For decades, the pier was a prime attraction along the Outer Banks, and fisherman came from far and wide to catch species ranging from flounder and mackerel and red drum to bluefish and striped bass. As more and more fishermen and vacationers visited the pier each year, the demand for additional features grew greater. Throughout the mid-20th century, the Jennettes added a restaurant, tackleshop and arcade to the pier house, providing something for everyone in the family—not just fishing enthusiasts. In 2002, surviving members of the Jennette family sold their interests in the pier to the North Carolina Aquarium Society with the goal of the organization turning the pier and attached pier house into an educational facility.

Pier Sign

Not long after the purchase of the pier was complete, however, Hurricane Isabel—one of the most devastating hurricanes to strike the Outer Banks in over a decade—struck the barrier islands. Strong winds and rough surf slammed against Jennette’s Pier as the Category 2 hurricane edged closer to the coastline and eventually made landfall near Drum Inlet. In addition to cutting a new inlet straight through a portion of Hatteras Village and causing hundreds of oceanfront homes to fall into the Atlantic, Hurricane Isabel sliced more than 540 feet off the end of Jennette’s Pier and forced the pier to close down its operations.

old pier house

The North Carolina Aquarium Society quickly came up with a plan to replace the severely damaged wooden pier with a brand-new concrete structure that could withstand the force of the many hurricanes that frequently target the Outer Banks. A groundbreaking event was held on May 22, 2009, and in May 2011 the new pier was officially opened to the public.

Jennettes Construction

Today, Jennette’s Pier stands on thick, concrete pilings and stretches 1,000 feet into the sea, making it one of the longest fishing piers along the Eastern Seaboard. The pier house also underwent a complete renovation and now houses a retail store, snack bar, event space and tackle shop. The facility also offers a wide array of programs designed to educate visitors about the history of this iconic landmark and features an assortment of live animal exhibits that teach visitors of all ages about the myriad species of marine life that call the barrier islands of the Outer Banks home.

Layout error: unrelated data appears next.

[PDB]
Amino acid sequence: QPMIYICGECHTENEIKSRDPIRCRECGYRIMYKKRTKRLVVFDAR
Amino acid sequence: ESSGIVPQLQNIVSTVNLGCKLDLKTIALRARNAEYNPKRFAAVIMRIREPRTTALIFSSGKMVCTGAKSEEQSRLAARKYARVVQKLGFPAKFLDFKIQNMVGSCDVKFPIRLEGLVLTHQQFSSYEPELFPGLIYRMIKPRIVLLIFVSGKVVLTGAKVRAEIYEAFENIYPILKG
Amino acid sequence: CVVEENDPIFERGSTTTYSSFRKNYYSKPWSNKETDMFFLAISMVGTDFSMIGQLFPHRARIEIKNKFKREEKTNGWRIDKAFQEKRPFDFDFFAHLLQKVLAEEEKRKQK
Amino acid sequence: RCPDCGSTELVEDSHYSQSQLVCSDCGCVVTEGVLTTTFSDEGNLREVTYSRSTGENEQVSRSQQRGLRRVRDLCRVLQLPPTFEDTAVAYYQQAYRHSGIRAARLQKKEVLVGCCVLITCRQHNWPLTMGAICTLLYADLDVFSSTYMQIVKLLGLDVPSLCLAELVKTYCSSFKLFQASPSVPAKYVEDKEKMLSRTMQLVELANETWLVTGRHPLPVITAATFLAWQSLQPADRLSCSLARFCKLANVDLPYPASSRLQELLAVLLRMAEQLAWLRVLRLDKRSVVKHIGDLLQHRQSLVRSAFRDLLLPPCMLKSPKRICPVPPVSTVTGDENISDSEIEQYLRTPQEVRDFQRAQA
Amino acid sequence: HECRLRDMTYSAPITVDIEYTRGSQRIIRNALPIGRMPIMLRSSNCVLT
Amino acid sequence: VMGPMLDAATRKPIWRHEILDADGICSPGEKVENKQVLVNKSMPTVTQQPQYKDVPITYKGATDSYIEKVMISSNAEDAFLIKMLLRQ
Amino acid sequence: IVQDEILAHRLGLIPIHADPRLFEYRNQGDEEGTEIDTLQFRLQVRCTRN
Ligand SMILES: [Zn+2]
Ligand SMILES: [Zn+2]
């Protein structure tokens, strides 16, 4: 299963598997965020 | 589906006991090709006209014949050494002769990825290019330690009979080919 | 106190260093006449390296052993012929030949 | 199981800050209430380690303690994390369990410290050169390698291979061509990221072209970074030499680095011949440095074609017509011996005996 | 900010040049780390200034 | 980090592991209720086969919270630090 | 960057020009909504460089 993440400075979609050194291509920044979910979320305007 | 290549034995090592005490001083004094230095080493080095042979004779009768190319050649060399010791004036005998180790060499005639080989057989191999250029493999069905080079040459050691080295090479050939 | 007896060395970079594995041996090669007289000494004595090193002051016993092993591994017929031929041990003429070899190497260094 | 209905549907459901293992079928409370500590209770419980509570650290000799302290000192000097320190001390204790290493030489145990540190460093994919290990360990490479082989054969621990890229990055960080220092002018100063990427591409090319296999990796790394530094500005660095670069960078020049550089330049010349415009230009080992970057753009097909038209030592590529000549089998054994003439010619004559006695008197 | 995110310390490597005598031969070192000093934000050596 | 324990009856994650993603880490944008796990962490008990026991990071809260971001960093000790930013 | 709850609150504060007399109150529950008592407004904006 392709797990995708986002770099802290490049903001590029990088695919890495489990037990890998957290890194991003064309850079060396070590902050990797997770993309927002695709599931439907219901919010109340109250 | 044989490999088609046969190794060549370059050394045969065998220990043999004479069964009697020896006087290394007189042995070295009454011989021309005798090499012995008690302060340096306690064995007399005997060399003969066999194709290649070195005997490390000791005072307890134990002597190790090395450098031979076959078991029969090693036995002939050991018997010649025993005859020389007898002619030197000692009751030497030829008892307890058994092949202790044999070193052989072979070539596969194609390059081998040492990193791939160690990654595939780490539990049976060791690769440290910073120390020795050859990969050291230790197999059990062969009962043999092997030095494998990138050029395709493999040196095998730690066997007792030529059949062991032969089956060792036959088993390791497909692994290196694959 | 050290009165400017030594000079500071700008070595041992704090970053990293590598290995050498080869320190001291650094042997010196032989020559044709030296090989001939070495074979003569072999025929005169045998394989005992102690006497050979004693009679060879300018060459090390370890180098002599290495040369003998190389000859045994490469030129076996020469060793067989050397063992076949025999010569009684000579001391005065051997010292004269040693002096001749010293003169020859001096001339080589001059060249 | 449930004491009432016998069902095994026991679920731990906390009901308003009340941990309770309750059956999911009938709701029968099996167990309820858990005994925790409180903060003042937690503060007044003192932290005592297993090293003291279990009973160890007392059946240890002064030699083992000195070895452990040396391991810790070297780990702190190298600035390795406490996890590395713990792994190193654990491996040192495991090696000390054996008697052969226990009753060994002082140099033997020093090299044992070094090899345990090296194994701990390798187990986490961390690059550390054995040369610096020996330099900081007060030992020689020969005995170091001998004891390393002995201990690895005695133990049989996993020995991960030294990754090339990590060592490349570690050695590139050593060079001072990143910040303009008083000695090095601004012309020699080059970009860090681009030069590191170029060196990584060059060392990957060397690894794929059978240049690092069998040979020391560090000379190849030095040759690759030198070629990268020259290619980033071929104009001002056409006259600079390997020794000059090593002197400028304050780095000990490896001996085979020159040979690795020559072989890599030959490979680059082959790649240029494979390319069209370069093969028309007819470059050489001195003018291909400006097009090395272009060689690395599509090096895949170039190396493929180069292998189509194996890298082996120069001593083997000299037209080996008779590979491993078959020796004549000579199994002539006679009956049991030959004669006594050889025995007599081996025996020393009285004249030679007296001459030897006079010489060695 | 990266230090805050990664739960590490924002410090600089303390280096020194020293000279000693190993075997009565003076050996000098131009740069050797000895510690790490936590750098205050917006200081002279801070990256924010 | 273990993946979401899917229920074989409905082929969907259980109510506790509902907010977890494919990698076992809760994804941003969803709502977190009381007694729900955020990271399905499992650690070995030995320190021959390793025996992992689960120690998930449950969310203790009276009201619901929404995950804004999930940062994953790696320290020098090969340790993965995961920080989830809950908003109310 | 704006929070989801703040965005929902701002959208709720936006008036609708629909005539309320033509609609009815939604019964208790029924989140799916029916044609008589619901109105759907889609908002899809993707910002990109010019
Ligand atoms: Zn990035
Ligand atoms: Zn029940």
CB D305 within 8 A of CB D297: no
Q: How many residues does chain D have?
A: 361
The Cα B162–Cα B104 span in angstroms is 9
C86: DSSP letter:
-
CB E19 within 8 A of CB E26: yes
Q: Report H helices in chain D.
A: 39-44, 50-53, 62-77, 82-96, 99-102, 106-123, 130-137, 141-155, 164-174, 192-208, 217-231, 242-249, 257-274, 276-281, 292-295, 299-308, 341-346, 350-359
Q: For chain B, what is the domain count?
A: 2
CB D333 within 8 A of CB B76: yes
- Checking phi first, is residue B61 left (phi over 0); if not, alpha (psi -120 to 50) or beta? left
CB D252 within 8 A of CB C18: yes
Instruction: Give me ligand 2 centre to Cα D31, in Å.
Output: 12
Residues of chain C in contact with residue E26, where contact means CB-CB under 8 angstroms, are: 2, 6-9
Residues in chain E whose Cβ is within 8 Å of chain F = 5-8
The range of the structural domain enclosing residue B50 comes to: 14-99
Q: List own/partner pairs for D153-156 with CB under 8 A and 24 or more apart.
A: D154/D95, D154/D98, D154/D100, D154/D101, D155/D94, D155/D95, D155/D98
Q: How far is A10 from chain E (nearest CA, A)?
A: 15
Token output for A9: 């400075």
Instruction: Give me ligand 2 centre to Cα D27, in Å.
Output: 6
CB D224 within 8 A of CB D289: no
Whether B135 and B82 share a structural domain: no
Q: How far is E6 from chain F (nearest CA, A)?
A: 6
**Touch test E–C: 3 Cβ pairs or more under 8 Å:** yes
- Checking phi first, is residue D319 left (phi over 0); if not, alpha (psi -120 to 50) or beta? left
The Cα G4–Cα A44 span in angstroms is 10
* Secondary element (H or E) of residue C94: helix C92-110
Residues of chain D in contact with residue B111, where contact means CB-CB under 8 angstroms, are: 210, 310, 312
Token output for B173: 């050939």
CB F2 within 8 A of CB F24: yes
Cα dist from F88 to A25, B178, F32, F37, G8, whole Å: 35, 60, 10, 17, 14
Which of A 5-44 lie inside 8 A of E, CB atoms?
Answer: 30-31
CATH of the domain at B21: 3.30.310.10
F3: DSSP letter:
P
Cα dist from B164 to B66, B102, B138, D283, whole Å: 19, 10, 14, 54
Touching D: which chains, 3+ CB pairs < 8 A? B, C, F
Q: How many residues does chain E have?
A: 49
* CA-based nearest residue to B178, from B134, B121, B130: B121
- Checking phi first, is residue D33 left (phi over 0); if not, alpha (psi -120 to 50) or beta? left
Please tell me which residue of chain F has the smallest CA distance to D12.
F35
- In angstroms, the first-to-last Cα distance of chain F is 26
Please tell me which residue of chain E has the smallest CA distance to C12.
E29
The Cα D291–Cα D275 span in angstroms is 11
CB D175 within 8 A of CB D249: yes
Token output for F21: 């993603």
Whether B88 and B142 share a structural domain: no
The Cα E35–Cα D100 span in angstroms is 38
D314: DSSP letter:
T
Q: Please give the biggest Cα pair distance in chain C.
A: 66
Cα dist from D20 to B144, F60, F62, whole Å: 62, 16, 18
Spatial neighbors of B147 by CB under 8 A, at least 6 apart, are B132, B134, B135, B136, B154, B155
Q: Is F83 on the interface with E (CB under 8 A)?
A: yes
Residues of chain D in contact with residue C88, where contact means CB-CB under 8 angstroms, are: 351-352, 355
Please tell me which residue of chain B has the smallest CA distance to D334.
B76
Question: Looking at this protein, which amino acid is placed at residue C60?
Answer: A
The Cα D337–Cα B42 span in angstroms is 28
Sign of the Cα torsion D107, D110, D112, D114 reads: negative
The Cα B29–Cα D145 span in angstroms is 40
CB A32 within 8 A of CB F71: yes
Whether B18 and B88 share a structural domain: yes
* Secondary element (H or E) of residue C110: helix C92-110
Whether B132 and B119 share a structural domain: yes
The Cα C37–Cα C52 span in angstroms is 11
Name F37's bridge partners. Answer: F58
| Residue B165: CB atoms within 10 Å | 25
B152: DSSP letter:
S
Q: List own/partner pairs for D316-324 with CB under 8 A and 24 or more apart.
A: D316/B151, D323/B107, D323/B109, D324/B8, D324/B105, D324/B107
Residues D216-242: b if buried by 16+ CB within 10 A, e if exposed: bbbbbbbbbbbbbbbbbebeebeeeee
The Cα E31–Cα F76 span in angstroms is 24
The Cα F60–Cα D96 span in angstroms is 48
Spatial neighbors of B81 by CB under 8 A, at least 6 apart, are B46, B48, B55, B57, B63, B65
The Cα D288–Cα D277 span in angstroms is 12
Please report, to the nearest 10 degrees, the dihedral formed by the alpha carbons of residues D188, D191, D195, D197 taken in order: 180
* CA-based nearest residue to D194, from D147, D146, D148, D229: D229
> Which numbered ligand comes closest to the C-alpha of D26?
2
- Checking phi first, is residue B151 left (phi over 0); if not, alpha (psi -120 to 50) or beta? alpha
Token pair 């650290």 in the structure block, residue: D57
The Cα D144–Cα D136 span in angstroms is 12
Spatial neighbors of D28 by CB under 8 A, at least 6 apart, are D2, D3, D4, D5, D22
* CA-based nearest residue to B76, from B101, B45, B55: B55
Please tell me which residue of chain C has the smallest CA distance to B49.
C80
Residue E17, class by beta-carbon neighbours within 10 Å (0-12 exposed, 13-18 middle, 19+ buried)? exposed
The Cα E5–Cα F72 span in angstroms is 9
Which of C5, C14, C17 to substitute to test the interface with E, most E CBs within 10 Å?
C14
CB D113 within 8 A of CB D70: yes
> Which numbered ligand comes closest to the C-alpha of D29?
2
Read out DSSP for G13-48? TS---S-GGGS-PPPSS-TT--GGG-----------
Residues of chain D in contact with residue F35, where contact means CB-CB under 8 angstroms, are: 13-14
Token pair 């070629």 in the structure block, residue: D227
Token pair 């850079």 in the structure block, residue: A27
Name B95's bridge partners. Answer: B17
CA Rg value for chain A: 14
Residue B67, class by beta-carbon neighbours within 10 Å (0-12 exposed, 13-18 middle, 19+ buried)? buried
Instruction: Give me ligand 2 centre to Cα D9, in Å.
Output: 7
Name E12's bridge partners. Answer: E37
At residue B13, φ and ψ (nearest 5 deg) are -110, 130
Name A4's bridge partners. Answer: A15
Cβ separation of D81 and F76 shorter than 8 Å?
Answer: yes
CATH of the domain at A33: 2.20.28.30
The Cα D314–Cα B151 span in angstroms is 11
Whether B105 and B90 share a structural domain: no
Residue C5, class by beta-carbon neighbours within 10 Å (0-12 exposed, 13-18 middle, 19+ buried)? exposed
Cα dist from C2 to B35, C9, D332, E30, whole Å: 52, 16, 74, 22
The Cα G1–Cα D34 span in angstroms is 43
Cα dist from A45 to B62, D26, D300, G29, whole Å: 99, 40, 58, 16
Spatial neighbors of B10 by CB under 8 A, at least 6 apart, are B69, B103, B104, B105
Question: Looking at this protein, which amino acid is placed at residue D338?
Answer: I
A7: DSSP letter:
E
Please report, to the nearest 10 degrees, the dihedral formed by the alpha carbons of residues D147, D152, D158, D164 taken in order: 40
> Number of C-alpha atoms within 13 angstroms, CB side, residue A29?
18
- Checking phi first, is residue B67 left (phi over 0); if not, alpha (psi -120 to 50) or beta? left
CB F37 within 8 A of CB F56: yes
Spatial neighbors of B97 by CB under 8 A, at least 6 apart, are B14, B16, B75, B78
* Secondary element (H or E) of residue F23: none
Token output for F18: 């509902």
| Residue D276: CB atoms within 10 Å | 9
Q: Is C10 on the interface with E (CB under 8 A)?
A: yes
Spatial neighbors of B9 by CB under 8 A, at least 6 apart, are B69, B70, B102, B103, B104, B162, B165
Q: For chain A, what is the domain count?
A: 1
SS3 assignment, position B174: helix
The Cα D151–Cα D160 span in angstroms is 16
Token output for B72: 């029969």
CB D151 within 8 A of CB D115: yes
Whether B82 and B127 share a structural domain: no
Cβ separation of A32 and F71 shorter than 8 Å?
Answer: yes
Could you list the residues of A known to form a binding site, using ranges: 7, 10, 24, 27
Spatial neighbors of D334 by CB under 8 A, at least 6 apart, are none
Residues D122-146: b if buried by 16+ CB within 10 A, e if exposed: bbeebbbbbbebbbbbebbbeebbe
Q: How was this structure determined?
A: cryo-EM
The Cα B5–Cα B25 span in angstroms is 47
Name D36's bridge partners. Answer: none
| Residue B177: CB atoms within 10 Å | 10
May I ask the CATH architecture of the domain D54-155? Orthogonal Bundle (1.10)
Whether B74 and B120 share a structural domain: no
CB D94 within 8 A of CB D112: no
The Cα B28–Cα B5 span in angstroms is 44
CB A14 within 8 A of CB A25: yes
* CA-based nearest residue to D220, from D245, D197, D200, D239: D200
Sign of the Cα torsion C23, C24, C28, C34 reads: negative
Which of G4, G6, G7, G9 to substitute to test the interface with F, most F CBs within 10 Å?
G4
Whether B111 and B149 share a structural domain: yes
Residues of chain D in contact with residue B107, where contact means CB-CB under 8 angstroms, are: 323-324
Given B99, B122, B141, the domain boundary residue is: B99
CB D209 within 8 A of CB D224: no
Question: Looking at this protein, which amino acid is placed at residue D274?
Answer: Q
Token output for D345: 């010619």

Pier sunrise

Wild Horses of the Outer Banks

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In the northernmost corner of the Outer Banks, a narrow stretch of sand between sound and sea called “Carova” is home to a herd of wild horses who freely roam the region’s beaches. An unincorporated community situated to the north of the village of Corolla and just south of the Virginia line, Carova’s name comes from its unique location on the border of two states: “Caro” for Carolina and “Va” for Virginia.

Although the community contains hundreds of Outer Banks vacation rental homes that require guests to use four-wheel drive in order to gain access, many visitors to this barrier island paradise are unfamiliar with this one-of-a-kind spot that has served as a sanctuary for Currituck County’s wild horses for centuries.

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The origins of these majestic Spanish mustangs can be traced back nearly 500 years to the days when pirates patrolled the coastline of the Outer Banks and shipwrecks within the treacherous shoals of the Graveyard of the Atlantic were common. Many theories attempt to explain how exactly these mysterious colonial Spanish mustangs ultimately ended up on the sandy shoreline of the northern Outer Banks, the most popular of which claims they swam to shore from vessels that became shipwrecked in the shallow waters of the sea.